Orduña explained that there has been a perfect storm of both technologies and mobile devices paired with high-bandwidth availability such as 4G LTE networks. This confluence of new factors in turn has driven its customers to desire an always on, on-demand service.
It's come a long way from the old alarm box users scrambled through the door to turn off.
"[Home automation has] been around for a while in a lot of different iterations," Orduña said. "I think only now are we getting the other elements that comprise the market in place. Big name manufacturers are implementing it, we've got chipsets and embedded solutions, which in my mind are always critical for ubiquity."
Orduña continued to list a few names like Qualcomm, which is looking at home automation from a joint perspective of AllPlay to share media and the Smart Gateway Platform to build connected homes. Meanwhile, Intel and McAfee teamed up with ADT to develop a solution for locking down users' digital security in the event of device theft.
You are the controller
The overall message of home automation at CES 2014 was to develop simpler interfaces for users. Through voice control home automation systems don't need to be programed on a schedule or directed with command prompts like an old DOS computer.
In another evolution of smart home technology we sat in for a demonstration of PointGrab's PointSwitch and AirTouch systems. Similar to the Microsoft Kinect, PointGrab's two systems recognize gestures using a camera, though this system only needs a 2D color image that any snapper can capture.
PointSwitch allows users to simply point at an object to turn on a lamp or gesture downwards to dim the light. PointSwitch comes in the same form as a smartswitch with the key difference being that instead of taking commands from a smartphone, it watches a user's hand signals.
Meanwhile, AirTouch acts similar to Air Gestures on the Samsung Galaxy S4 - it understands touch controls even if the user's hands are hovering over the device. AirTouch is like Air Gestures on steroids.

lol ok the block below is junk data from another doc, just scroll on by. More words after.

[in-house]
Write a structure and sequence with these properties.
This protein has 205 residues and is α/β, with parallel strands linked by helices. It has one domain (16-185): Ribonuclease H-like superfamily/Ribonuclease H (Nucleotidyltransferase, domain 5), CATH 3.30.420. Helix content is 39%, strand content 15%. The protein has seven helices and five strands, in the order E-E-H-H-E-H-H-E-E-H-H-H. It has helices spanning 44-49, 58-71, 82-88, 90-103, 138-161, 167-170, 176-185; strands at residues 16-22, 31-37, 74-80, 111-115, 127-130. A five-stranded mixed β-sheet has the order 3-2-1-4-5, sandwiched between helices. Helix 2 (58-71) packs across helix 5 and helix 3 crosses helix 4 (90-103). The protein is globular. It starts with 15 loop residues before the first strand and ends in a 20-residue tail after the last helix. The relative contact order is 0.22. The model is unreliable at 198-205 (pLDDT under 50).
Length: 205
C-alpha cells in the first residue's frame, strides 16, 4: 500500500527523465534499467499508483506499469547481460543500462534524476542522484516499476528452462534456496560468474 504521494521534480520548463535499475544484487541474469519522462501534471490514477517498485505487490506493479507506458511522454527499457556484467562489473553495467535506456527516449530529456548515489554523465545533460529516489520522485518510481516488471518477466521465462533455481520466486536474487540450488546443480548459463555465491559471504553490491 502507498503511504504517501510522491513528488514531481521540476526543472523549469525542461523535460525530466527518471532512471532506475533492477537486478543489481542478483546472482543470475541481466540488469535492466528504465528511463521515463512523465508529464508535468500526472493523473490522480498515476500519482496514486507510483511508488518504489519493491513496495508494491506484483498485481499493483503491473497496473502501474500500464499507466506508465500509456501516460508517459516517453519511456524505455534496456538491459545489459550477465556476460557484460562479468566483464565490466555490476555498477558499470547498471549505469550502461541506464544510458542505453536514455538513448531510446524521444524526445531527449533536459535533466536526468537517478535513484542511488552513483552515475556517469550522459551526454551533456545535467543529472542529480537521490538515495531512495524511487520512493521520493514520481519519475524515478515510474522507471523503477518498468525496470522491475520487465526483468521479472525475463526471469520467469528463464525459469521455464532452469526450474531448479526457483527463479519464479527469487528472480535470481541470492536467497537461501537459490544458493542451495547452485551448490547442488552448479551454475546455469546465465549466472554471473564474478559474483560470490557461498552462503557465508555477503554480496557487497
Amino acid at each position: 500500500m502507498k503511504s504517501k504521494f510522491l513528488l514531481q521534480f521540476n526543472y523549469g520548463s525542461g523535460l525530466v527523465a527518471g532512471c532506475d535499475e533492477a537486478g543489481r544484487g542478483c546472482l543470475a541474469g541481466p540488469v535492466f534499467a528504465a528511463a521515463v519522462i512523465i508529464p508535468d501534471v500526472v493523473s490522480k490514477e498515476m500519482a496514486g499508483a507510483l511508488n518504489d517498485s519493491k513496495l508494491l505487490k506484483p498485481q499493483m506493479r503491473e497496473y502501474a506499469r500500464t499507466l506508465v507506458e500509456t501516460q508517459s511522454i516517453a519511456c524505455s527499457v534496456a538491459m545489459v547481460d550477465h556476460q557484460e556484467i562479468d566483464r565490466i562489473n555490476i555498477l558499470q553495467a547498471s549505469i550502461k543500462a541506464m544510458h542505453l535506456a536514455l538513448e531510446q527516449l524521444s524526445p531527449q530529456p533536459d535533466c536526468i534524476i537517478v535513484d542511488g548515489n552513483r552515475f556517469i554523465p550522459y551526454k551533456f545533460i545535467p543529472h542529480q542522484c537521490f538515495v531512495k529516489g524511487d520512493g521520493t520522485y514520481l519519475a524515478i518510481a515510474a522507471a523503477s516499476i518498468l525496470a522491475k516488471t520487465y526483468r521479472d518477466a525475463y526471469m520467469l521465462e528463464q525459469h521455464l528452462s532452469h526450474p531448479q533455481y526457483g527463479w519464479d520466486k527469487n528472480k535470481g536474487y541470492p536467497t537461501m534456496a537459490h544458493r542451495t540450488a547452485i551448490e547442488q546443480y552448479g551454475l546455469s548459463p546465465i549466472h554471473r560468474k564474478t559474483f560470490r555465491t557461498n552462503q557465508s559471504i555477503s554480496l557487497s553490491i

Instead of a just a smartphone, AirTouch works with laptops and even HDTVs. What's more, we were able to simply hold our finger over an icon on a Smart TV from far away, and AirTouch recognized its location before changing the channel a second later.
PointGrab's technologies have been around since 2010 and have made their way into over 100 devices. Most famously, PointGrab's motion sensing technology has been used to help develop Samsung's Smart TV gesture controls.
When will it all be ours?
Make no mistake - the truly smart home still isn't here yet. There are many definitions for what makes an intelligent home but everything on the market and in development still needs some form of direct input from the user, whether it be mobile phone directives, voice commands or gestures.
For a truly smart home to exist, it needs intelligence. The ability to recognize users' behavior and develop a schedule with little to no input from the user is ultimate home automation.
We may not be there yet, but that's not to say we aren't on the way.
Smart devices have begun to cluster around smartphones and tablets as a hub to create a network that didn't exist before. This has helped the home automation world in two ways - by shrinking smart technologies into a smaller package and building a world that's always connected.
With a few more advancements like these, the truly smart home could just be around the corner. Who knows what we'll see at the next CES 2015.
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Kevin Lee was a former computing reporter at TechRadar. Kevin is now the SEO Updates Editor at IGN based in New York. He handles all of the best of tech buying guides while also dipping his hand in the entertainment and games evergreen content. Kevin has over eight years of experience in the tech and games publications with previous bylines at Polygon, PC World, and more. Outside of work, Kevin is major movie buff of cult and bad films. He also regularly plays flight & space sim and racing games. IRL he's a fan of archery, axe throwing, and board games.